Had Charles Macalester happened upon the confluence of the Poquessing Creek and Delaware River today, he might’ve built a Japanese yashiki there instead of a grand Victorian mansion, such is the dominance of bamboo on the present-day Glen Foerd Estate.
The towering plants are native to the Far East, but have managed to invade and take over much of the city-owned park and historical site, obscuring views of the creek and the river, while choking out many of the native flora that likely influenced Macalester’s decision to build his home there some 160 years ago.
Fortunately for folks who now enjoy the mansion and surrounding acreage due to the stewardship of the Glen Foerd Conservation Corporation, the bamboo wasn’t there when Macalester showed up. So he built his mansion in period-appropriate style. It was only later, according to the estate’s executive director, Meg Sharp Walton, that he or his successors introduced the resilient, fast-growing woody grass, among many other non-native plants, to the site.
The family of Robert Foerderer occupied the estate for most of the 20th century and, like many well-to-do clans of the time, planted many exotic foreign species as a show of opulence. Today, they are considered a nuisance.
“Ever since we’ve been partnering with the Friends of Poquessing Watershed, we’ve talked about how we could educate people about the creek,” Sharp Walton said. “It’s really, really beautiful here, but because of the invasives, you get no sense that Glen Foerd borders on the creek.”
Now, the creek’s and the estate’s caretakers have begun the prodigious task of clearing the invasive plants and trying to revive the native ones. The Pennsylvania Environmental Council also supports the effort.
Volunteers plan to remove unwanted plants and litter from the creek bank on April 27. The public is invited to take part. In fact, a weekend of environmental programming will start on Friday, April 26, when Philadelphia waterway historian Adam Levine will speak about the city’s watersheds and sewer system at 7 p.m. at Holy Family University’s Education and Technology Center. Admission is free.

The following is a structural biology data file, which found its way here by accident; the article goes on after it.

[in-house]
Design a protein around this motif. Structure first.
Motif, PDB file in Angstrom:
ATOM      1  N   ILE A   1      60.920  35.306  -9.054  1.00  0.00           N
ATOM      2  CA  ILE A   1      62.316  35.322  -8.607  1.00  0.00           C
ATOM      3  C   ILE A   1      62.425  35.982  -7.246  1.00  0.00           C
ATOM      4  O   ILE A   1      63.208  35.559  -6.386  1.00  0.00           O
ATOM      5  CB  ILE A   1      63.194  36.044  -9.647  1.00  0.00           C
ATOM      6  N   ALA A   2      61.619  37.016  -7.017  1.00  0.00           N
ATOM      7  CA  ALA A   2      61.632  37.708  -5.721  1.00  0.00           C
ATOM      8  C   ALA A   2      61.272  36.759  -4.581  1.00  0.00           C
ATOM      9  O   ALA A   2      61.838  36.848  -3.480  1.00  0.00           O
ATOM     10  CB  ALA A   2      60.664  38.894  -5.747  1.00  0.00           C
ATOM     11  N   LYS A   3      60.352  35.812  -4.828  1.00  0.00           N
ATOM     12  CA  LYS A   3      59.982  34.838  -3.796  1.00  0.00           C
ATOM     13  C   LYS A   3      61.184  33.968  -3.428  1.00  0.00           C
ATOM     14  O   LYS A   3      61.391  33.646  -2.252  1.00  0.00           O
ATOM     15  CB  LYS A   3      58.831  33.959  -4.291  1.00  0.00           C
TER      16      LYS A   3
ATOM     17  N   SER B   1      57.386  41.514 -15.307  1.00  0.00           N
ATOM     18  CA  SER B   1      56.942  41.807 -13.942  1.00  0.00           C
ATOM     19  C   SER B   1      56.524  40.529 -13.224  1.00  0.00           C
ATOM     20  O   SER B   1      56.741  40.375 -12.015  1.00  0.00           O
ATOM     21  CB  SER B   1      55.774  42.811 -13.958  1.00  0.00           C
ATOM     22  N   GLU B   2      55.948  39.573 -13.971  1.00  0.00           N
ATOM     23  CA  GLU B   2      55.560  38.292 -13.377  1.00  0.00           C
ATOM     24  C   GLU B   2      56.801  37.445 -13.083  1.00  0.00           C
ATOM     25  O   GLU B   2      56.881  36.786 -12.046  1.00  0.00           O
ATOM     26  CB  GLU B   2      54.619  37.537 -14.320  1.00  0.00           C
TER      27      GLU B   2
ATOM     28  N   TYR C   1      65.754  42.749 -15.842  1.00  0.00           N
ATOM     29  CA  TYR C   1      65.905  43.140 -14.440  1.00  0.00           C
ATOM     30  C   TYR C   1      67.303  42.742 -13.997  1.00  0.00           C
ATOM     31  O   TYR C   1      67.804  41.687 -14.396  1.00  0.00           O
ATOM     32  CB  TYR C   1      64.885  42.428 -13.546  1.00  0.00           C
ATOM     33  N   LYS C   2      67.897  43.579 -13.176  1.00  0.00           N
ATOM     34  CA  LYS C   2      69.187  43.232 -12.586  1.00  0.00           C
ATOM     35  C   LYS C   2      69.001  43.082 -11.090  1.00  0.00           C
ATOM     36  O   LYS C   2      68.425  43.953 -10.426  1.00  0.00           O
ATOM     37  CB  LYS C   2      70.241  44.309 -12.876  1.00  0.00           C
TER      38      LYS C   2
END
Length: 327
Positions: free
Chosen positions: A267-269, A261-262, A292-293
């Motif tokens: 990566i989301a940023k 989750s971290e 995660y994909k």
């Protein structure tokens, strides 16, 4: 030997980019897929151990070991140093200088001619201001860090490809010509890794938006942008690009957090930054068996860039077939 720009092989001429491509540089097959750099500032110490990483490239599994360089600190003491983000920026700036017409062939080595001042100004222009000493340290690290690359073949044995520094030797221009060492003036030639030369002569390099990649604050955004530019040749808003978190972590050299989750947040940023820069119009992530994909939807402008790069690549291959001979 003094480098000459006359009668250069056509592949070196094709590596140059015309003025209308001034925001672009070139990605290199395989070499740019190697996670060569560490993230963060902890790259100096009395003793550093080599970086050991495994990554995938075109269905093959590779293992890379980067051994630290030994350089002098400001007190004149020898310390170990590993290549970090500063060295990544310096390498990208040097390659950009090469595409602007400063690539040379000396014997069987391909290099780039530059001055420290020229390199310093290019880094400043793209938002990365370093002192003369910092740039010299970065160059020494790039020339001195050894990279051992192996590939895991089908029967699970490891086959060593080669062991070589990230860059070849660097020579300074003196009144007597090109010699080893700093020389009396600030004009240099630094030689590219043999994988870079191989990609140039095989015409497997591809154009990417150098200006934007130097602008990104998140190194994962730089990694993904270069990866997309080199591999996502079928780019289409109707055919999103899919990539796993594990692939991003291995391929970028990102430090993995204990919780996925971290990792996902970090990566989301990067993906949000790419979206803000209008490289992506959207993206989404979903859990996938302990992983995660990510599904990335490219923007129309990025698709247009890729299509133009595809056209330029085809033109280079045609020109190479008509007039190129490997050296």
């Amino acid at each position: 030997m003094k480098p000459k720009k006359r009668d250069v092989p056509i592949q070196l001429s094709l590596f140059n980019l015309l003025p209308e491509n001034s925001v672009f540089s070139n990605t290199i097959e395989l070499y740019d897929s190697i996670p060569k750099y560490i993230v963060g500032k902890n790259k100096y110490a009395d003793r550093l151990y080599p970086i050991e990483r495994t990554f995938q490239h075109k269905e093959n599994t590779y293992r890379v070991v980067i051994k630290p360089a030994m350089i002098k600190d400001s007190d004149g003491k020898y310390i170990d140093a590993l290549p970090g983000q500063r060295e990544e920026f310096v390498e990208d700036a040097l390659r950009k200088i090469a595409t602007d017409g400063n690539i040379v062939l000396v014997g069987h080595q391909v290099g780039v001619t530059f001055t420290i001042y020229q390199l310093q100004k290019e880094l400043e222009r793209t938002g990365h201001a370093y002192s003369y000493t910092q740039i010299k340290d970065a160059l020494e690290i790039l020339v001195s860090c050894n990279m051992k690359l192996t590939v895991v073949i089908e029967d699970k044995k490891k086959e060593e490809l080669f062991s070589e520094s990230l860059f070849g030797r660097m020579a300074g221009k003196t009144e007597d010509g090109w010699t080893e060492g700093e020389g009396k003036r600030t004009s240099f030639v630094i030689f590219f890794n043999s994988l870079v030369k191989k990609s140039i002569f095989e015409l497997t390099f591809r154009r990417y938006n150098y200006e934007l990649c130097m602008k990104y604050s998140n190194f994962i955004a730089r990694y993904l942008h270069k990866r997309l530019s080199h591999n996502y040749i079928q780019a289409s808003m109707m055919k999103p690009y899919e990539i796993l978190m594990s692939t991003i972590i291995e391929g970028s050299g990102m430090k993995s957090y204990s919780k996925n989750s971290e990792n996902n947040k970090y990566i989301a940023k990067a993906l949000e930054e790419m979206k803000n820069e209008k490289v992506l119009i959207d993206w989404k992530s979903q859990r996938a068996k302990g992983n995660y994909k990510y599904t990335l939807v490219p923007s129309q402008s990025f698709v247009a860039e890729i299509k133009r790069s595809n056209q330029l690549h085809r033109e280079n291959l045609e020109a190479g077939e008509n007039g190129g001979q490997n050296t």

Glen Foerd will host a bird walk at 7 a.m. on Saturday. It’s free to members of the historical site and costs $3 for non-members. The Poquessing clean-up event will start at 9 a.m. and is free.
“In a nutshell, we want to replace what shouldn’t be here with native plantings,” said Suzanne Zlotnick, vice president of education for the Friends of Poquessing. “We want to restore the stream bank to the way it should be without species that don’t belong in Pennsylvania. We want this to have native plantings as it should be historically and naturally.”
Robin Eisman, a Friends of Poquessing member and Ph.D. specializing in ecological restoration, can name many of the non-native trees, shrubs, vines and grasses on sight. The princess tree or paulownia is native to China and is banned in Connecticut, but is sold openly online, she said. Wineberry is also native to the Far East and banned in a couple of U.S. states. Other non-native plants include English ivy, Norway maple and Japanese honeysuckle.
The justification for removing them is both visual and ecological.
“Environmentally, because all of the [local] wildlife has evolved with the native plants, these [invasive plants] have taken away food sources from the habitat,” Eisman said. “It affects the mammals, the birds, the amphibians and reptiles in this area in general.”
Bamboo is enemy No. 1. What began perhaps as a single row of low, ornamental plants along the sloping banks of the river and its tributary is now a thicket, some 10 feet deep and at least that tall. In addition to obscuring many of the estate’s natural vistas, it blocks walkways once used by the home’s affluent residents to stroll along the water.
“[Bamboo] was very popular with wealthy industrialists” in the early 20th century, Sharp Walton said. “[But] it has taken over and it will continue to do so. We constantly have to clear it and it encroaches onto the pathway.”
For birders, the bamboo also obscures a rare family of ospreys that began nesting atop a river buoy more than a decade ago and that return each spring. Cindy Ferguson, director of operations for the Pennsylvania Environmental Council and a resident of nearby Salem Harbor, says that an adult female osprey positioned herself low in the nest about 10 days ago and may already be incubating a new set of eggs.
Ironically, other birds also are to blame for the spread of invasive plants, as is the life-giving water that flows alongside the estate. According to Eisman, birds and water carry seeds long distances and can deposit them where they were never intended to flourish.
For Sharp Walton, the project must meet the environmental needs of the site while staying true to her organization’s historical mission.
“The caveat for Glen Foerd is preserving the historical landscape,” Sharp Walton said. “The Macalasters were big on trees and the Foerderers were horticulturists. [But] with the banks, the first issue is the ecosystem.”
For information about Glen Foerd on the Delaware, visit www.glenfoerd.org or call 215-632-5330. ••
Reporter William Kenny can be reached at 215-354-3031 or firstname.lastname@example.org